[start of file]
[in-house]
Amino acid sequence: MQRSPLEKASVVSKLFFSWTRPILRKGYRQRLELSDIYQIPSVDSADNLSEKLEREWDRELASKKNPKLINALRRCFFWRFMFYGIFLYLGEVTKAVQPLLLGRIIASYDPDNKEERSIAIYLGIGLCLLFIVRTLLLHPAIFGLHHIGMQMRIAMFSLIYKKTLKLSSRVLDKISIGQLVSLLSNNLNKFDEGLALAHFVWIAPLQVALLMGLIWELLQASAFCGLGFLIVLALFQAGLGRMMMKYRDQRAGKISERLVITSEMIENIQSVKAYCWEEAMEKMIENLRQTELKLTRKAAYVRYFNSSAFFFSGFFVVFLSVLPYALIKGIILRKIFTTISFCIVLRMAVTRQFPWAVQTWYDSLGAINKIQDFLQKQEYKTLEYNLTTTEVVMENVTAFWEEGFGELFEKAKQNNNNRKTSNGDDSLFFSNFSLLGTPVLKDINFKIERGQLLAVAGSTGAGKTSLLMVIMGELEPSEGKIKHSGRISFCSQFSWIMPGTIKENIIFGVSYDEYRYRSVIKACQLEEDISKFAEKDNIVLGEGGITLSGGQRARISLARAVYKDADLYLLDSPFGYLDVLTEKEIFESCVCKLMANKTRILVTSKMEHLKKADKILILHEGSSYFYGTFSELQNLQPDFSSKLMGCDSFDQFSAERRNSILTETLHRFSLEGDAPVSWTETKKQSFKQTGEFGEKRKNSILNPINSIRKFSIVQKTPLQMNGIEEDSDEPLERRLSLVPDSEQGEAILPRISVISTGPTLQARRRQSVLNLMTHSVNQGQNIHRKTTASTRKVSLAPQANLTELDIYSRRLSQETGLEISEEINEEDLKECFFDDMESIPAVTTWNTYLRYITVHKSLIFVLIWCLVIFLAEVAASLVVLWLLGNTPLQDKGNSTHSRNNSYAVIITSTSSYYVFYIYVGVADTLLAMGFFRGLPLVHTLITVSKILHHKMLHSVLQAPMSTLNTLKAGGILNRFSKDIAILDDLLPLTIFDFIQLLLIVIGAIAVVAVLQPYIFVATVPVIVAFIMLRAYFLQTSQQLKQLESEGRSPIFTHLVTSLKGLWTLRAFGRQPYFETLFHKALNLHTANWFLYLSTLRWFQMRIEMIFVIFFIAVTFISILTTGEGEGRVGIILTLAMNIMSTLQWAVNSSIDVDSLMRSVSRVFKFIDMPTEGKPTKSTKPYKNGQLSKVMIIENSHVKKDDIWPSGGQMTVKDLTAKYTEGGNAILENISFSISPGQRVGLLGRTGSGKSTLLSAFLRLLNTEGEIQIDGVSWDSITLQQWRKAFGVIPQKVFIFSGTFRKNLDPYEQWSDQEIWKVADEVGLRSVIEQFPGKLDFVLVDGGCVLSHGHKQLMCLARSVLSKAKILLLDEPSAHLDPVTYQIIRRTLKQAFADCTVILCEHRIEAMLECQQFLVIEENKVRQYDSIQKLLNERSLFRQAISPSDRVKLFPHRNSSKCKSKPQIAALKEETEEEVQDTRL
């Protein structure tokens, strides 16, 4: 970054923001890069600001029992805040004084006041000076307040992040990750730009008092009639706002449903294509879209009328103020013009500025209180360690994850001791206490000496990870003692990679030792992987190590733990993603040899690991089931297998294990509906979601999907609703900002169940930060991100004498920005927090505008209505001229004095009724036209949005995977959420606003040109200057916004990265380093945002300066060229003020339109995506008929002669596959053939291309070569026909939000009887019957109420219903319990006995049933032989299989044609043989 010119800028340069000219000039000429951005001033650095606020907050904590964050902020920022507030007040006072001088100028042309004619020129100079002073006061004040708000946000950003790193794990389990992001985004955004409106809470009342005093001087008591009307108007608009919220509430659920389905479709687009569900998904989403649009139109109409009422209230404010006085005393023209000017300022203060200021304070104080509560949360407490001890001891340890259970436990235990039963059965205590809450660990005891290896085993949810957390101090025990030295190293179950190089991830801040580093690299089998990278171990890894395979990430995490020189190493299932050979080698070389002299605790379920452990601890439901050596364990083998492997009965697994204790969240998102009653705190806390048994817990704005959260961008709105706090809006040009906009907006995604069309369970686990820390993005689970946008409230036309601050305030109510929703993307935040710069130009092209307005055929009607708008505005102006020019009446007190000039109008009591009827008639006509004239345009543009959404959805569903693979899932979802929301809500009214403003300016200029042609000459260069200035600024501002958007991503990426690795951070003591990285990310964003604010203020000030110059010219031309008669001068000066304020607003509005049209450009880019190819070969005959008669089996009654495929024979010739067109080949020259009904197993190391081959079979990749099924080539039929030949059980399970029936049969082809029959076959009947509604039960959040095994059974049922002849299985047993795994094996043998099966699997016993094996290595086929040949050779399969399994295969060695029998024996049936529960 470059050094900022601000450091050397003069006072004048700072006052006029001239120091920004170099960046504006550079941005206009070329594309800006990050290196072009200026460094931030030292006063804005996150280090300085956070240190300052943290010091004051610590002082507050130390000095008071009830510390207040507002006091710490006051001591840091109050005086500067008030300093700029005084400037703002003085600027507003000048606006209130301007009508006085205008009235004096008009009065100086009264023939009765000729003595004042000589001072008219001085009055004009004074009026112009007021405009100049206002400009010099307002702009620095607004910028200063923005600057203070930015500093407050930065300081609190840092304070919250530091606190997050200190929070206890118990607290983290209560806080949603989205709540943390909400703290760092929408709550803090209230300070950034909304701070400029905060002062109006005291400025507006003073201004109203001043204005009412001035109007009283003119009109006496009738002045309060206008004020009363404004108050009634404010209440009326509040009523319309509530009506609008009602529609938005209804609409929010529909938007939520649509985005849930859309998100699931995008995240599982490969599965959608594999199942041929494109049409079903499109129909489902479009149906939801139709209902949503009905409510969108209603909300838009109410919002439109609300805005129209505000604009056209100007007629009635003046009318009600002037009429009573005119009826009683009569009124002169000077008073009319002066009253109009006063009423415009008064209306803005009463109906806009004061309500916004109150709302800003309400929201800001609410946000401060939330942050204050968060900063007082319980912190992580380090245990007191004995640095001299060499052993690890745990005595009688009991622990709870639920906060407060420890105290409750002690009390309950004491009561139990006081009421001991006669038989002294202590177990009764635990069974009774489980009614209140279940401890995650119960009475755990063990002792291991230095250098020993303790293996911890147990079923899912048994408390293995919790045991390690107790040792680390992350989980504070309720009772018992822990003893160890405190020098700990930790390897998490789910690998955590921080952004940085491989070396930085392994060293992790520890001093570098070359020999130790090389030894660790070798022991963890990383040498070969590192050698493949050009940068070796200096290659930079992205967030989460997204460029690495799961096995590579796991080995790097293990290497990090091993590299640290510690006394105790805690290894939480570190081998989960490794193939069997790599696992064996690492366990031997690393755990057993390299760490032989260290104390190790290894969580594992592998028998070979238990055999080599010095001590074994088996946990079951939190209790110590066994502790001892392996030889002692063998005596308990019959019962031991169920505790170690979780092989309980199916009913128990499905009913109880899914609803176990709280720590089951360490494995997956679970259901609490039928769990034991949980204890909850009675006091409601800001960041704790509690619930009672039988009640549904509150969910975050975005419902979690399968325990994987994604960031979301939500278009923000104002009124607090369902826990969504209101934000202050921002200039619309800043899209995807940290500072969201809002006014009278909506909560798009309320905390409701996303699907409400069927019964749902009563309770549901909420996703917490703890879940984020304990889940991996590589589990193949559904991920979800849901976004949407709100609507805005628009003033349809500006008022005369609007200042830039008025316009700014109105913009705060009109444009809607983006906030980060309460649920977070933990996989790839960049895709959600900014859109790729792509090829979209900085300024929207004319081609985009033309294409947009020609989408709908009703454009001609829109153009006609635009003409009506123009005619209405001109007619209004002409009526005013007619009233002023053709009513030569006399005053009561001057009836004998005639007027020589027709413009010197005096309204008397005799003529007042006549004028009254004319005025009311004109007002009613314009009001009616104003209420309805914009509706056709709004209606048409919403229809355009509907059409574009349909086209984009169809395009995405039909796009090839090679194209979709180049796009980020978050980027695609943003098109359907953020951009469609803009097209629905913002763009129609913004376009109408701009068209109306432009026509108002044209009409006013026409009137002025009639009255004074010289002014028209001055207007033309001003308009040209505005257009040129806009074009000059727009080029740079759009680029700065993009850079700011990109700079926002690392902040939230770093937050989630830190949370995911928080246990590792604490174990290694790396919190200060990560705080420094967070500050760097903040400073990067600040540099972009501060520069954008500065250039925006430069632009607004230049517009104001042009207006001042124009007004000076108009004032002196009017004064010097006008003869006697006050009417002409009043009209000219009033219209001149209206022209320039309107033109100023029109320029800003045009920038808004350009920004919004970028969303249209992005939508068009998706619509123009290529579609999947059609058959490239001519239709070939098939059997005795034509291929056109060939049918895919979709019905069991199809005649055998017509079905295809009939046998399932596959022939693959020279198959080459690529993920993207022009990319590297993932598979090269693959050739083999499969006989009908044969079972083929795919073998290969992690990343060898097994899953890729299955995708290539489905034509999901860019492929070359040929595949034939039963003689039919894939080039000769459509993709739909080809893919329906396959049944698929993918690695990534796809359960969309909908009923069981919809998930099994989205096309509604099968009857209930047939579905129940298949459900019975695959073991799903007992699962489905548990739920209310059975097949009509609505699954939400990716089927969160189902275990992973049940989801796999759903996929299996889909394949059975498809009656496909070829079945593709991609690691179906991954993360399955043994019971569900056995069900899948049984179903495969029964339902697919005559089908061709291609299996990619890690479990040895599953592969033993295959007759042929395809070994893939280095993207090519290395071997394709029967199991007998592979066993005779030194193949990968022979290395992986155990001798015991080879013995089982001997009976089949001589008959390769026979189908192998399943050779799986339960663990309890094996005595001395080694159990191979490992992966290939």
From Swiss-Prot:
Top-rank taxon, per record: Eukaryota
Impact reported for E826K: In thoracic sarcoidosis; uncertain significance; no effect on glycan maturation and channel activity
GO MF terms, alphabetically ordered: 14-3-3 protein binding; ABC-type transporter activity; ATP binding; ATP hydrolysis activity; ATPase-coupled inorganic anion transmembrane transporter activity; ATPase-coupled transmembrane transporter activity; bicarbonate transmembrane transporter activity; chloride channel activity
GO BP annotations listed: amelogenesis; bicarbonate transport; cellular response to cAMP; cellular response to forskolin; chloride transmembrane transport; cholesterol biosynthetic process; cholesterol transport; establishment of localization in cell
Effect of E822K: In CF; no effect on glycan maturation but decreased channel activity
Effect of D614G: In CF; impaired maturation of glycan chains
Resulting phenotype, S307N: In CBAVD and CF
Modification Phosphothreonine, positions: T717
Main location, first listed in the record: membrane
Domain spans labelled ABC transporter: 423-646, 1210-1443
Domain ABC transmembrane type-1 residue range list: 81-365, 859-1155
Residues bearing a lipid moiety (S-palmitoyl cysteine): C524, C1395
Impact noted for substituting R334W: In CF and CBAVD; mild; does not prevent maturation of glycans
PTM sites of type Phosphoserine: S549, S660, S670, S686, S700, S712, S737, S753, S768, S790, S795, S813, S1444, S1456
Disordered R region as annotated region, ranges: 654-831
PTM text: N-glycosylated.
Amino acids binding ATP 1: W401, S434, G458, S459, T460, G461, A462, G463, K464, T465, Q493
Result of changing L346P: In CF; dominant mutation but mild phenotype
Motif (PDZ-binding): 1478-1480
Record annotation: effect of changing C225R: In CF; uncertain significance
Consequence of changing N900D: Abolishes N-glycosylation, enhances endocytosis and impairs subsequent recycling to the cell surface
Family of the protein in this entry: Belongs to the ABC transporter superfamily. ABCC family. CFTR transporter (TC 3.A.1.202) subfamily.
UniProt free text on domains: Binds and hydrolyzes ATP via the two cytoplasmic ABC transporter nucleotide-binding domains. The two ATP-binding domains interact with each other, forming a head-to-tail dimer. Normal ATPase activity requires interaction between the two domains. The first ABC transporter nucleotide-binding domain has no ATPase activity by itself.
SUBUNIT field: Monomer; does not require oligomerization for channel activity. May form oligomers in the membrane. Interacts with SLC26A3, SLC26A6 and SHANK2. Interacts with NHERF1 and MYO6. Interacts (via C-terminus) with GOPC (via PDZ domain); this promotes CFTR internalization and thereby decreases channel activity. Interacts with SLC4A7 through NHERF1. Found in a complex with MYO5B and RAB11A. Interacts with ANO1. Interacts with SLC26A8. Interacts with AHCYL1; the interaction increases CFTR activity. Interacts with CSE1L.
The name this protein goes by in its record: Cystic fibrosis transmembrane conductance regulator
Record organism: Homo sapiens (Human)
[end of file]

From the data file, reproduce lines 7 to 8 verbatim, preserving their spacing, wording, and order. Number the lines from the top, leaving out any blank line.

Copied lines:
GO MF terms, alphabetically ordered: 14-3-3 protein binding; ABC-type transporter activity; ATP binding; ATP hydrolysis activity; ATPase-coupled inorganic anion transmembrane transporter activity; ATPase-coupled transmembrane transporter activity; bicarbonate transmembrane transporter activity; chloride channel activity
GO BP annotations listed: amelogenesis; bicarbonate transport; cellular response to cAMP; cellular response to forskolin; chloride transmembrane transport; cholesterol biosynthetic process; cholesterol transport; establishment of localization in cell